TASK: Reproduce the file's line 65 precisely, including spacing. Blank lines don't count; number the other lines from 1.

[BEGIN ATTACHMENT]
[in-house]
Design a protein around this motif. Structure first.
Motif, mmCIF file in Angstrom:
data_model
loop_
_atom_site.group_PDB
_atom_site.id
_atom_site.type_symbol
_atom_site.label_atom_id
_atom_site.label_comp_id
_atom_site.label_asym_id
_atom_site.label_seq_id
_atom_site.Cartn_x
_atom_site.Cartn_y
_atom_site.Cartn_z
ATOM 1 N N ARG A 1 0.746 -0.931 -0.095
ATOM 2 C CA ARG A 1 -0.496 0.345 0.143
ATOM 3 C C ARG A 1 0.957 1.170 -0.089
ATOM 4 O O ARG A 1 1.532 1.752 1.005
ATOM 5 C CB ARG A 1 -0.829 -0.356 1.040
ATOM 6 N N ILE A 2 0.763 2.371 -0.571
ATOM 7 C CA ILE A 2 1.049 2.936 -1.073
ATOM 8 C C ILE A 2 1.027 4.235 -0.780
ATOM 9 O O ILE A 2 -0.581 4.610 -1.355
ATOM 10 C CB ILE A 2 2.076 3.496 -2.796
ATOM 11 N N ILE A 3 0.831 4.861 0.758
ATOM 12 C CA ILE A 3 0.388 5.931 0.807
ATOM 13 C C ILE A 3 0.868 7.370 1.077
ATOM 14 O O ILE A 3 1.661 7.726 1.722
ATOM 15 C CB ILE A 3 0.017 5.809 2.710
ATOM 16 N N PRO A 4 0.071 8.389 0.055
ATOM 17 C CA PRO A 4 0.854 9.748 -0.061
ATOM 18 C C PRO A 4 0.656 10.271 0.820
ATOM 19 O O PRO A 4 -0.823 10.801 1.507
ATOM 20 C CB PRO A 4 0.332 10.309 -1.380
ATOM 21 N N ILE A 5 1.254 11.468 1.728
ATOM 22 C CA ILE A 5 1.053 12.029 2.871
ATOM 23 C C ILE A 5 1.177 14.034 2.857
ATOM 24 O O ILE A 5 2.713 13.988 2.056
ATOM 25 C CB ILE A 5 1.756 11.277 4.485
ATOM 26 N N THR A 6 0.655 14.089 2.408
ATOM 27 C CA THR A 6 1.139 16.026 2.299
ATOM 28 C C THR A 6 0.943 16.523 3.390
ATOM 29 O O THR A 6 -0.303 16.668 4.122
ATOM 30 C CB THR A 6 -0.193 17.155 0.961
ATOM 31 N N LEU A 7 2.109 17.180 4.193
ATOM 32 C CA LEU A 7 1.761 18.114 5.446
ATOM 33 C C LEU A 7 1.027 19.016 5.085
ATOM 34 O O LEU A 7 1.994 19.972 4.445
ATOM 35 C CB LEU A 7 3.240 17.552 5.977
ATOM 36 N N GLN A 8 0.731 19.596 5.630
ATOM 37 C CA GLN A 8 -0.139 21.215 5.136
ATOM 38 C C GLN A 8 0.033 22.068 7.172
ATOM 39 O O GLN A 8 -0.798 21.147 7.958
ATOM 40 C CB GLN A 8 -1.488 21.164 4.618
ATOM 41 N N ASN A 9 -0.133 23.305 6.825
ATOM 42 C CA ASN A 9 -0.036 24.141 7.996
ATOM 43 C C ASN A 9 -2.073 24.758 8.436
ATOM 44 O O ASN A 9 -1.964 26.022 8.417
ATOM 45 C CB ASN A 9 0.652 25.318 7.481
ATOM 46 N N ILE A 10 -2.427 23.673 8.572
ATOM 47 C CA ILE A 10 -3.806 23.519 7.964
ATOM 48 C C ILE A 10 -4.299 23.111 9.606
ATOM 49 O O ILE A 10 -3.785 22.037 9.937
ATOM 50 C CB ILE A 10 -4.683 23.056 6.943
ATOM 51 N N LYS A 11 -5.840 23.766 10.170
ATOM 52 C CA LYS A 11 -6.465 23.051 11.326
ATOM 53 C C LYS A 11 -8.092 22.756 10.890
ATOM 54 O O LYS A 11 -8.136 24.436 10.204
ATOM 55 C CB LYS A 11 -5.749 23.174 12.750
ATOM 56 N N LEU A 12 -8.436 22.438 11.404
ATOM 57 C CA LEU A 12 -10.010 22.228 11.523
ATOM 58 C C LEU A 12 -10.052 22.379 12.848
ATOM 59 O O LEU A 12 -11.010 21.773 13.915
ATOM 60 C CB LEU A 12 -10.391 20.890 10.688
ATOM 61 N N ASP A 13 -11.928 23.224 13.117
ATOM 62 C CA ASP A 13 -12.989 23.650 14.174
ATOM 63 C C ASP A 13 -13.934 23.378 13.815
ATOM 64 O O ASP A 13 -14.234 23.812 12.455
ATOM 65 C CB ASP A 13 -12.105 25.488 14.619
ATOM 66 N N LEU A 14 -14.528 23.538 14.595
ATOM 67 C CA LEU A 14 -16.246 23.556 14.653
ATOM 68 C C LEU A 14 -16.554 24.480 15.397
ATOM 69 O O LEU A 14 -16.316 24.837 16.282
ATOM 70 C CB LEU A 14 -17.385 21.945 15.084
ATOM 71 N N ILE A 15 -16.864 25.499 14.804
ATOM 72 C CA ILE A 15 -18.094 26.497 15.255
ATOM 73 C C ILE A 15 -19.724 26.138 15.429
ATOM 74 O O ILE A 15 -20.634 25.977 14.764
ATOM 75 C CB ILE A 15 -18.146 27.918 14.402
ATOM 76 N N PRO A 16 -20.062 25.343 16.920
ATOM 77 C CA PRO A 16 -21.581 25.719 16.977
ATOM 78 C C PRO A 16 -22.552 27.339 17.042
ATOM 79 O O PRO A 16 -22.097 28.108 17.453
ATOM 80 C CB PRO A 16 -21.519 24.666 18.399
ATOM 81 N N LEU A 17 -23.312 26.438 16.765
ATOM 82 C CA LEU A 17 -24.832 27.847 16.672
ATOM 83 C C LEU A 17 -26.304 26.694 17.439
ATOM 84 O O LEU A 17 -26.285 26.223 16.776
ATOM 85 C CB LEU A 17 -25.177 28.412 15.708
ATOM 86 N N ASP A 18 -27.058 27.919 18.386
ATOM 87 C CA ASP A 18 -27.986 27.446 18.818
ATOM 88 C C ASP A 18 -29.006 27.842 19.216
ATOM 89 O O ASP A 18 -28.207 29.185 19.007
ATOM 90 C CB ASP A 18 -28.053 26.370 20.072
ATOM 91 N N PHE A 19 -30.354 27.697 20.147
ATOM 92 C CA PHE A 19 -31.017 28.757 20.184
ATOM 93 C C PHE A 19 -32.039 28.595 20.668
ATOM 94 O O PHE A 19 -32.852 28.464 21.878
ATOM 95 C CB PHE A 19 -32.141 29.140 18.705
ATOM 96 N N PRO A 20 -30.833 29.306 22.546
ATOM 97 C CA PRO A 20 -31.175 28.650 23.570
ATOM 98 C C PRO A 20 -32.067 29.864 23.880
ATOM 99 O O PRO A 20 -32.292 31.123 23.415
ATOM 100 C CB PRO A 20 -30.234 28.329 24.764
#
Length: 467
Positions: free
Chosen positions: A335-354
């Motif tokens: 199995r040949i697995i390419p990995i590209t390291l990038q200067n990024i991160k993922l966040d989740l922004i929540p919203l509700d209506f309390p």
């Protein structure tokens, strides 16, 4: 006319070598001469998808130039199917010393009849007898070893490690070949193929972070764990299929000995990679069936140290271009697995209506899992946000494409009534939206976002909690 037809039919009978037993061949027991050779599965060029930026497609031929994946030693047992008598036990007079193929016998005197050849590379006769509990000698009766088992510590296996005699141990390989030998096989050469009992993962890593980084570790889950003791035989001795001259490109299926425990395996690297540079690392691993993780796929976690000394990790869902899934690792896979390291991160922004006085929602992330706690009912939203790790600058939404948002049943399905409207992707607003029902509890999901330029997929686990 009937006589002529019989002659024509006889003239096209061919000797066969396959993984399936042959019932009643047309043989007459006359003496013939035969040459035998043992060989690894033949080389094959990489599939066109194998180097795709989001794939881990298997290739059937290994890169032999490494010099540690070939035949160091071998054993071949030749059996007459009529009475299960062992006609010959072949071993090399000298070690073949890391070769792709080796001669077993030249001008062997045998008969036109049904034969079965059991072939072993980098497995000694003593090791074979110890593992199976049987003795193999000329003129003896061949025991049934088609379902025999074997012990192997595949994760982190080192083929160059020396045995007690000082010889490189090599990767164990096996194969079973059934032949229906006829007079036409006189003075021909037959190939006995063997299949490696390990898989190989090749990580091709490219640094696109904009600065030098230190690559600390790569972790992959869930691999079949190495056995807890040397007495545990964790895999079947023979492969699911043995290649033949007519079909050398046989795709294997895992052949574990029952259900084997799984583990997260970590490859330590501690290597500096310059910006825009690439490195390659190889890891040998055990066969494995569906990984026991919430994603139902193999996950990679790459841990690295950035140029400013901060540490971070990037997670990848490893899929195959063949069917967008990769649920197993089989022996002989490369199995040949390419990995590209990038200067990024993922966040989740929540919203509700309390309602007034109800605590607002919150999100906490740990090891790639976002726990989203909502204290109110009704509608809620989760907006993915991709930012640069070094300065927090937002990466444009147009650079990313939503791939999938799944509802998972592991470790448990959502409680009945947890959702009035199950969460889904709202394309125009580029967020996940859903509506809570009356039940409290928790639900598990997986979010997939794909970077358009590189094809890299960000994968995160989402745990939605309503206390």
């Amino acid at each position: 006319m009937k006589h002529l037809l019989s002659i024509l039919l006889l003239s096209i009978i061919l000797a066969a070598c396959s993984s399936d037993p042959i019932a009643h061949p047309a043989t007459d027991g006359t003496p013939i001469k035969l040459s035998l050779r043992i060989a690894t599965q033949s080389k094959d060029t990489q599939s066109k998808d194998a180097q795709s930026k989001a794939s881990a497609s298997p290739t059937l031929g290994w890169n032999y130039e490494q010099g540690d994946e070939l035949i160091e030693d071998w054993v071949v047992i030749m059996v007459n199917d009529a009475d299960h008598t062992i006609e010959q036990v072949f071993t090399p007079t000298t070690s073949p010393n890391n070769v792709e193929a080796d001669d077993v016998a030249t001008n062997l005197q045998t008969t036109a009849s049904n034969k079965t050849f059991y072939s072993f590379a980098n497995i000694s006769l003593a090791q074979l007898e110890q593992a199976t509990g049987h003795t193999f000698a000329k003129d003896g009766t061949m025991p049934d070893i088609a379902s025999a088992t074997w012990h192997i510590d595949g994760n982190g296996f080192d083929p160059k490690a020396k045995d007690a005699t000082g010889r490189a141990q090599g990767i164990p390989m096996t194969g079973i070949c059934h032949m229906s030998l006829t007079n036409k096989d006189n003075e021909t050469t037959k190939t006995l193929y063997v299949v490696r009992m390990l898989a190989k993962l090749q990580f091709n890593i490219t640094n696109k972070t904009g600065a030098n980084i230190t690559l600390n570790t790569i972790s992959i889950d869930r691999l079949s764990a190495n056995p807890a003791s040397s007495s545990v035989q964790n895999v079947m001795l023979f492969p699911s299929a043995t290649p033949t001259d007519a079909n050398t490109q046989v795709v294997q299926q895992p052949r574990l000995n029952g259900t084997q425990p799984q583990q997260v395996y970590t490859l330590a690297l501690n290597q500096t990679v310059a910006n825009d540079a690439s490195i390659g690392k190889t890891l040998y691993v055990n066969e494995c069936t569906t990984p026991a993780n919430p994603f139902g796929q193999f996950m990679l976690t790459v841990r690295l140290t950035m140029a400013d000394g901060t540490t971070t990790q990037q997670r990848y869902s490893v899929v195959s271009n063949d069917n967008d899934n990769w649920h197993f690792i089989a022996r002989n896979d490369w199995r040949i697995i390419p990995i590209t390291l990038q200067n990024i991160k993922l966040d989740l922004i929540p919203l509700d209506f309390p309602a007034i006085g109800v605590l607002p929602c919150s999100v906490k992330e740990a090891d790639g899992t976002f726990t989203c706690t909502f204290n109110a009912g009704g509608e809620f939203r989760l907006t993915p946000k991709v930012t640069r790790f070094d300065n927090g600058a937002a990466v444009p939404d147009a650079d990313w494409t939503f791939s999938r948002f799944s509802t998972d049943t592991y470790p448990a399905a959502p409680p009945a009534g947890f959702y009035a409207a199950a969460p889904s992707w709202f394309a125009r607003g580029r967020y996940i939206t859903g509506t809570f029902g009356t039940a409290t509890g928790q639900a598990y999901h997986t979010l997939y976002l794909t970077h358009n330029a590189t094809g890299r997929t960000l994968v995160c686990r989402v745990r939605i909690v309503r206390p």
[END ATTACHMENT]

ATOM 50 C CB ILE A 10 -4.683 23.056 6.943